How do you discipline a toddler without yelling and hitting? What is discipline? It is all about setting rules to stop your little one from engaging in aggressive, dangerous, and inappropriate behaviour. It is also about following through with consequences when they break the rules— i.e. being a good boss. Kids are not born with social skills, so when they are young, you need to teach them about appropriate behaviours. The consequences and rules you implement will stick with them throughout adulthood and childhood. There are mainly three types of toddler behaviour that need to be stopped with discipline (that go beyond the "annoying" category): aggression, breaking fundamental family rules and dangerous acts. When your child is engaged in these behaviours, it is recommended to put on the brakes by implementing "take-charge" consequences: giving a fine and time-out.
Let us look at them in detail with these expert-approved tips
- Know when not to acknowledge: As long as your kid gets plenty of attention for good behaviour and is not doing something dangerous, ignoring poor behaviour can be an efficient method of preventing it. Ignoring bad behaviour can teach kids the real outcomes of their actions. For instance, if your kid especially keeps dropping her cookies, they will soon have no more cookies left to eat. If they break and throw their toys, they will not be able to play with them. It will not be long before they learn to play carefully with their toys and stop dropping their cookies.
- Precede outcomes: Your toddler should learn the natural consequences of his behaviour—otherwise known as effect and cause. For instance, if he loudly insists on selecting his pyjamas (which takes an eternity), he chooses not to read books before bed. In this situation, the effect is no bedtime story, and the cause is prolonged PJ picking. Next time, he may let you pick his pyjamas or choose them more quickly.
- Pick your actions: If you say “no” 20 times per day, it will lose its effectiveness. Different destructive behaviours into medium, low and high priority—and expend most of your energy on the worst offenders. If you ignore a minor infraction, she/he will eventually stop doing it because they'll see that it does not get a rise out of you.
- Execute precautionary steps: Make your house kid-friendly, and have reasonable expectations for your toddler. Moving your expensive jewellery from the nightstand, for example, will eliminate the attraction to play with this. Along those corresponding lines, go to an eatery early, so your family does not require to wait for a table.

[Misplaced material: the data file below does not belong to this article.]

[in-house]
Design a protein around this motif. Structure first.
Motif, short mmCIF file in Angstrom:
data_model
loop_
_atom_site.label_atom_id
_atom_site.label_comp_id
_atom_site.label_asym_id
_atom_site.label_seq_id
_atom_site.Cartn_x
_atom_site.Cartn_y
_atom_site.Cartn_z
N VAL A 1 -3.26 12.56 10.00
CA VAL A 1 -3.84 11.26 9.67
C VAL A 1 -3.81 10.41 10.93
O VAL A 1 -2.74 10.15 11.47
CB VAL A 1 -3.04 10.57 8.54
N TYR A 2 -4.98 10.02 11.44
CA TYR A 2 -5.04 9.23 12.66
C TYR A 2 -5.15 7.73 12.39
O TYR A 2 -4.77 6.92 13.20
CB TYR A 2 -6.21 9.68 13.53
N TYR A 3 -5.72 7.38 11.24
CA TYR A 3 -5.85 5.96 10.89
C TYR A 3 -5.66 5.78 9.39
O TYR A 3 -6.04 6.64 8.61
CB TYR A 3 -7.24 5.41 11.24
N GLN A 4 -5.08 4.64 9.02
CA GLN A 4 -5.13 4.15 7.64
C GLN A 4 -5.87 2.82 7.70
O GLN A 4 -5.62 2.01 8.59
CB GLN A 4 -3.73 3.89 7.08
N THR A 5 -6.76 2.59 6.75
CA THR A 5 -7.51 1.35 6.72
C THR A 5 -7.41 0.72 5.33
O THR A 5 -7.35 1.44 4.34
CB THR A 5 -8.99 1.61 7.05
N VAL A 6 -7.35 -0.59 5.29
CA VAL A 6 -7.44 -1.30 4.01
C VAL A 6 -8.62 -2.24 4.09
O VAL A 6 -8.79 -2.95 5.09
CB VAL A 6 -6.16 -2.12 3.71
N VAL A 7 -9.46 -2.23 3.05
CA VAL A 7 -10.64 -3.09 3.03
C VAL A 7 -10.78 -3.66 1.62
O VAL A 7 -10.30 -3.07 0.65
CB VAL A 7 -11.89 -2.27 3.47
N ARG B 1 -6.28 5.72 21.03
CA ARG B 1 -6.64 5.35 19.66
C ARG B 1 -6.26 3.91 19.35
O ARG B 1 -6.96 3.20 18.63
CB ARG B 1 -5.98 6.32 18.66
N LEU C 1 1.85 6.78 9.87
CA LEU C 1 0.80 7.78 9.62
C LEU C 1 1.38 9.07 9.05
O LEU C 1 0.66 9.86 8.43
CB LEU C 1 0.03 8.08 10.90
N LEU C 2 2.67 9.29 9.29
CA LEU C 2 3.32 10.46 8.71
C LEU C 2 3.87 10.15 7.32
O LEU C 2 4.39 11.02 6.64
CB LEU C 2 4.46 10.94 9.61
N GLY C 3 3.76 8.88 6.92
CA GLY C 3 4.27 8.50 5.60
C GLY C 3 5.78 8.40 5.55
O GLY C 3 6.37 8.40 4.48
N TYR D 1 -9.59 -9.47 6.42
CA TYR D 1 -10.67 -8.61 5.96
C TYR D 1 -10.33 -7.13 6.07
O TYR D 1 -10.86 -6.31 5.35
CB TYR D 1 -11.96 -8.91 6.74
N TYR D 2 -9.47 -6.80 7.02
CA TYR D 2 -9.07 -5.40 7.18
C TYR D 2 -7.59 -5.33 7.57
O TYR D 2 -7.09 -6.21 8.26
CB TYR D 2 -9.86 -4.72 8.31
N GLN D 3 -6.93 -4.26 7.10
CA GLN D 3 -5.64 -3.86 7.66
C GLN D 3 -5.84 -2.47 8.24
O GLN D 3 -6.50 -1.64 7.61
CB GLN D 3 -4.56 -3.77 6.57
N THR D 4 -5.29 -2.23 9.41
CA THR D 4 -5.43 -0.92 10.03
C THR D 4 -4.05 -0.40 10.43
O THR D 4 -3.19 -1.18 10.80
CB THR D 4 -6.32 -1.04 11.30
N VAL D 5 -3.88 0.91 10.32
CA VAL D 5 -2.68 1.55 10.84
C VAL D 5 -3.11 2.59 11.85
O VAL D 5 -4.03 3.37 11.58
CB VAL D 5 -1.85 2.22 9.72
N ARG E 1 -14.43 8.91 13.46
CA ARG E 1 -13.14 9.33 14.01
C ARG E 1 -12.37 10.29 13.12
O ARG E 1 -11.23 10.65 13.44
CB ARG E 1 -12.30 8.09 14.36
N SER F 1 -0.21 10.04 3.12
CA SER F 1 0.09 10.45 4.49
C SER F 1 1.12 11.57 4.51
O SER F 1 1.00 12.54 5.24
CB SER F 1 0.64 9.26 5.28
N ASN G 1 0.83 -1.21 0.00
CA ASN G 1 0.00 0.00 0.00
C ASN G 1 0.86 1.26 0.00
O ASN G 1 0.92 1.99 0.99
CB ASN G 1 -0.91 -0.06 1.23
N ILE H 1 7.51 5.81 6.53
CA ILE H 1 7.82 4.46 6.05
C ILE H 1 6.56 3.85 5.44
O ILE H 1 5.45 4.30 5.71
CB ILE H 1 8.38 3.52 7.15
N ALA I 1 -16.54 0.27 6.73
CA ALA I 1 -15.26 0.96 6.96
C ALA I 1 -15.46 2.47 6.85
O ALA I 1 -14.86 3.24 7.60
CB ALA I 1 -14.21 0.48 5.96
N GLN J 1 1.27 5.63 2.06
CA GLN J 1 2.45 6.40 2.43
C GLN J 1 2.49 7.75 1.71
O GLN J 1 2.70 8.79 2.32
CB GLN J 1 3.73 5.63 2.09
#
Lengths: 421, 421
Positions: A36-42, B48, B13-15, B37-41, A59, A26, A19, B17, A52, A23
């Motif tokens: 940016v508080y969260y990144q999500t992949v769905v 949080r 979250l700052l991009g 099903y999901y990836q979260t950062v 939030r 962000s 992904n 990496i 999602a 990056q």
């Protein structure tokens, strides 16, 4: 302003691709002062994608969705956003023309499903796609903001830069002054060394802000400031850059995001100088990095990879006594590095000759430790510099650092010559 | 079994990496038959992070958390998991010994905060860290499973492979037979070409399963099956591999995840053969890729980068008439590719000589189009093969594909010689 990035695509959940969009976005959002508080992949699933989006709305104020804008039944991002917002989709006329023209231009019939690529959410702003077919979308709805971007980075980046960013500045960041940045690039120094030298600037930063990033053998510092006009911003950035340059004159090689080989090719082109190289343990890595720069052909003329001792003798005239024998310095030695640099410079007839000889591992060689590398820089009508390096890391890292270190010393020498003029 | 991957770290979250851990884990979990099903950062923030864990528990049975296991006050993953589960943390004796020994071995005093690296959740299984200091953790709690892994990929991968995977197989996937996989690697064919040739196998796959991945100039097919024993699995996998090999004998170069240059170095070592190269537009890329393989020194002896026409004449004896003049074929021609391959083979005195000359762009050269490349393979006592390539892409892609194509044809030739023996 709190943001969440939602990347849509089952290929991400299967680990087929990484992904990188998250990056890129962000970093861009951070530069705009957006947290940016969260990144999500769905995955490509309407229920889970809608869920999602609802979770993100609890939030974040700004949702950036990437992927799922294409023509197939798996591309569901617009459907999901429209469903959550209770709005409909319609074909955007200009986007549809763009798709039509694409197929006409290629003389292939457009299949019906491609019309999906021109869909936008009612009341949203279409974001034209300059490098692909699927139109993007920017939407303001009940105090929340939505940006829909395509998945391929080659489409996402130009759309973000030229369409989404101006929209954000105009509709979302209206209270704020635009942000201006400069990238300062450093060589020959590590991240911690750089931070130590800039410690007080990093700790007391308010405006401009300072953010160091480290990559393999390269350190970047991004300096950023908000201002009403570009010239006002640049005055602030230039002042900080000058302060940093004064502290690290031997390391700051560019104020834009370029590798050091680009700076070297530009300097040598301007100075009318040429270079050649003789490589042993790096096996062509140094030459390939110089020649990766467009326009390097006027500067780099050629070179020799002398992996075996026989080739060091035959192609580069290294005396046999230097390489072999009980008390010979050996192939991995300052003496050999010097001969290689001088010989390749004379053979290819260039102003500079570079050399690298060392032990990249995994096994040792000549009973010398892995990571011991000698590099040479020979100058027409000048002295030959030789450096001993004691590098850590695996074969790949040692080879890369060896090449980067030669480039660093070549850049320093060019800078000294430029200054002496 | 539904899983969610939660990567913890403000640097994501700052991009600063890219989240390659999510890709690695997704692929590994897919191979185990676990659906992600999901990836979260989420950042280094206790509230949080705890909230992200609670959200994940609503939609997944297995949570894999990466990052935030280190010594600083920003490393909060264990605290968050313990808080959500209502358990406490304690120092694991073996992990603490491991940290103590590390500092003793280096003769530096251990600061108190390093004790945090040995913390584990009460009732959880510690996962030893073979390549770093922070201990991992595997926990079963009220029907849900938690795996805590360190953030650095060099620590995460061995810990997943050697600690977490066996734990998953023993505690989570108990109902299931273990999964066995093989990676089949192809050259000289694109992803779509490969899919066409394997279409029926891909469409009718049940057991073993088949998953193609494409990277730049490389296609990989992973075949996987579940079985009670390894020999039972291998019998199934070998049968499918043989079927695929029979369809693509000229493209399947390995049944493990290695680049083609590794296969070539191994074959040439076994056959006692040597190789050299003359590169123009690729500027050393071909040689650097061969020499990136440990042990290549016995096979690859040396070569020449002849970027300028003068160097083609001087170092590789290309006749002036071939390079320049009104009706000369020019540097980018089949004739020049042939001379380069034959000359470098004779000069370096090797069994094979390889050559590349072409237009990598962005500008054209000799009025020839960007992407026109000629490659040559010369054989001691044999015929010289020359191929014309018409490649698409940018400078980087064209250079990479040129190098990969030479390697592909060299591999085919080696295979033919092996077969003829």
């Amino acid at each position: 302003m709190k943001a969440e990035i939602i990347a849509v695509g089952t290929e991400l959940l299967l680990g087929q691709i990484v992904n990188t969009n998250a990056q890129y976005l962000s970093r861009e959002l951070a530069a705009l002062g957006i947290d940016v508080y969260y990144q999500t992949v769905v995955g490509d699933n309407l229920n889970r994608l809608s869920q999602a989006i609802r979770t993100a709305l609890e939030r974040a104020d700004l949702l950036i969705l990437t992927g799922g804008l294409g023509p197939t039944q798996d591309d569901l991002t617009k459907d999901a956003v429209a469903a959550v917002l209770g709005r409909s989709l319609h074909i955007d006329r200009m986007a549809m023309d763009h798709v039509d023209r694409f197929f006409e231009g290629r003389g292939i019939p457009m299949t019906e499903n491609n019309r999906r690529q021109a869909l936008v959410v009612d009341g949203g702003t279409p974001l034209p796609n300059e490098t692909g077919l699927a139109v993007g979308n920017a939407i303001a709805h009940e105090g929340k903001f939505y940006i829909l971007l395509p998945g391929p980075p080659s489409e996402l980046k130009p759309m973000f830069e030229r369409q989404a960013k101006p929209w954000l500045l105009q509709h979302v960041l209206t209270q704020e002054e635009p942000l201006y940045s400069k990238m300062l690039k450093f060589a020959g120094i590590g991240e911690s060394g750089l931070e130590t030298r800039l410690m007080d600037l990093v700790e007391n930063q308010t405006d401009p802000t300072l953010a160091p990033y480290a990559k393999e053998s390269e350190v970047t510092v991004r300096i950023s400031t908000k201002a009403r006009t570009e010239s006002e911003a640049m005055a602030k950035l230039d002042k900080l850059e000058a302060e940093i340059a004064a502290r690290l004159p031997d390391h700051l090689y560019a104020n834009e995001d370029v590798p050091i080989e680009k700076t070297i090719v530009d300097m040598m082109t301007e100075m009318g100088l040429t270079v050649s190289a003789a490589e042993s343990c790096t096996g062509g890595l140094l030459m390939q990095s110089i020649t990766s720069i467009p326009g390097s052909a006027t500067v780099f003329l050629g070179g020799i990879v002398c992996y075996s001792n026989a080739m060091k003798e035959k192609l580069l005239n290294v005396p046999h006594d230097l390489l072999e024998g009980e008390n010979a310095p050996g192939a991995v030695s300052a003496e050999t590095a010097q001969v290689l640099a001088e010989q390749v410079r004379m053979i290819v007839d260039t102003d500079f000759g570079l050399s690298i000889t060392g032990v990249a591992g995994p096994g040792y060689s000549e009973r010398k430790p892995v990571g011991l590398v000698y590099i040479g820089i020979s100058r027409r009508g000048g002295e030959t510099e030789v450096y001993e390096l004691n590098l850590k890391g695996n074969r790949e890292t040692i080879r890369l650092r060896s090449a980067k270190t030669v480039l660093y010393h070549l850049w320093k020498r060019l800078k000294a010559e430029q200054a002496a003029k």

- Use time-outs judiciously: When figuring how to discipline a toddler who does not listen or hits, parents with good reason always try the time-out: depriving him of your attention is an effective way to get your message across. Here is a good guideline; it is not paying attention to him for one minute for each year.
- Make your comments sweet and short: Wondering how to discipline a 1-year-old toddler? Young kids have limited vocabularies, so speak in brief sentences, such as "No hitting". It is much more useful than lengthy descriptions ("Baby, you know it is not nice to hit the dog. We should not be doing that.")
- Demand rough points: Individual situations and times of day might trigger bad behaviour. One of the biggest culprits is transitions from one activity to the next (waking up, going to bed, stopping play from eating dinner). Give your child a heads-up, so he is more prepared to switch gears.
- Remind your kid that you love him/her: It is always smart to end a discipline discussion with a positive comment. This shows your child that you are not ready to dwell on the problem and ready to move on. It also reinforces that you are only setting limits because you love them.
- Be an excellent example: Your child will take the cue if you act calmly under pressure. When you are upset, do you have a temper tantrum? Then you must expect your children to do the same. Little children tend to mimic their parent's behaviour, so it is vital to be a good role model.
- Give your toddler options: If you give your child choices, they will feel like they have a vote. Just make sure that they are all productive and you do not offer too many options, such as, "It is your choice: You can put your coat on first or your shoes".
- Do not make promises or negotiate with your toddler: Try to avoid saying anything like, "If you behave, I will buy you that toy you want". Otherwise, you will create a 2-year-old whose good behaviour will always come with a price tag.
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